This is an inverter implemented using resistor-transistor logic, the earliest form of logic implemented with transistors. Click on the input on the left to toggle its state. When the input is high, the output is low, and vice versa.
When the input is high (3.6 V), a current flows from the base to the emitter. The transistor wants the collector-emitter current to be 100 times the base current, but it can't, because the collector is connected to the same voltage through a larger resistor. So, the transistor is in saturation mode; it gets the collector voltage down to the saturation voltage of 9.7 mV.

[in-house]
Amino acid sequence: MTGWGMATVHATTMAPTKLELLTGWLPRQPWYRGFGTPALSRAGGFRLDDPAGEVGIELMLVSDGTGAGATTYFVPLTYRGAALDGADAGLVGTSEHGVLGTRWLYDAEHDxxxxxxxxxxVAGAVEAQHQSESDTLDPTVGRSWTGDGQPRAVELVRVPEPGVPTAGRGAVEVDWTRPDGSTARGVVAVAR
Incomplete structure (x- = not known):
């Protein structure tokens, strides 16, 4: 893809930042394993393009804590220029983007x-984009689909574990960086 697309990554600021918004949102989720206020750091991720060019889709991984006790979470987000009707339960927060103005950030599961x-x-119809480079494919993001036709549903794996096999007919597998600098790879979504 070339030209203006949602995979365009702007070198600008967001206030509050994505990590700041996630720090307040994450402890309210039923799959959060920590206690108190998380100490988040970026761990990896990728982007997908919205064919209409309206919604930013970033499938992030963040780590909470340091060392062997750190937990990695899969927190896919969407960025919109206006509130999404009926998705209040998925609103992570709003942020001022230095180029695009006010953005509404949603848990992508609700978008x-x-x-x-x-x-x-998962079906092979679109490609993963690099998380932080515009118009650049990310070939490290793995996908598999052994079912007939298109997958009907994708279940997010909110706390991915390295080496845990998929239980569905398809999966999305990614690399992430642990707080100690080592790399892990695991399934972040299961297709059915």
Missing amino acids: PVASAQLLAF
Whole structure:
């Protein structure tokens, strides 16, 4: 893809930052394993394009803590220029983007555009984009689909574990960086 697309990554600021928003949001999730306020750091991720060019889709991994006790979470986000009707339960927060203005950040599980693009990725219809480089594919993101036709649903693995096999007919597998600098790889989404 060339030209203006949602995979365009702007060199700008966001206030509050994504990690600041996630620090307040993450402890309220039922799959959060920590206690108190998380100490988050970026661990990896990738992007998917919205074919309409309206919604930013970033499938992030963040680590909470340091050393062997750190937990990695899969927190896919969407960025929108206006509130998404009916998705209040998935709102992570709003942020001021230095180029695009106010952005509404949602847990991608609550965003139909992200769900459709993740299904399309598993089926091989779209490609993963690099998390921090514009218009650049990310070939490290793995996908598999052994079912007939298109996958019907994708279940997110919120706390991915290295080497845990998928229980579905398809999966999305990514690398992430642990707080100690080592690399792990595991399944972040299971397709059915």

When the input is low (at ground), no current flows through the base, so the transistor is off, and the collector stays at 3.6 V. -- Credits: Mr. Paul Falstad.
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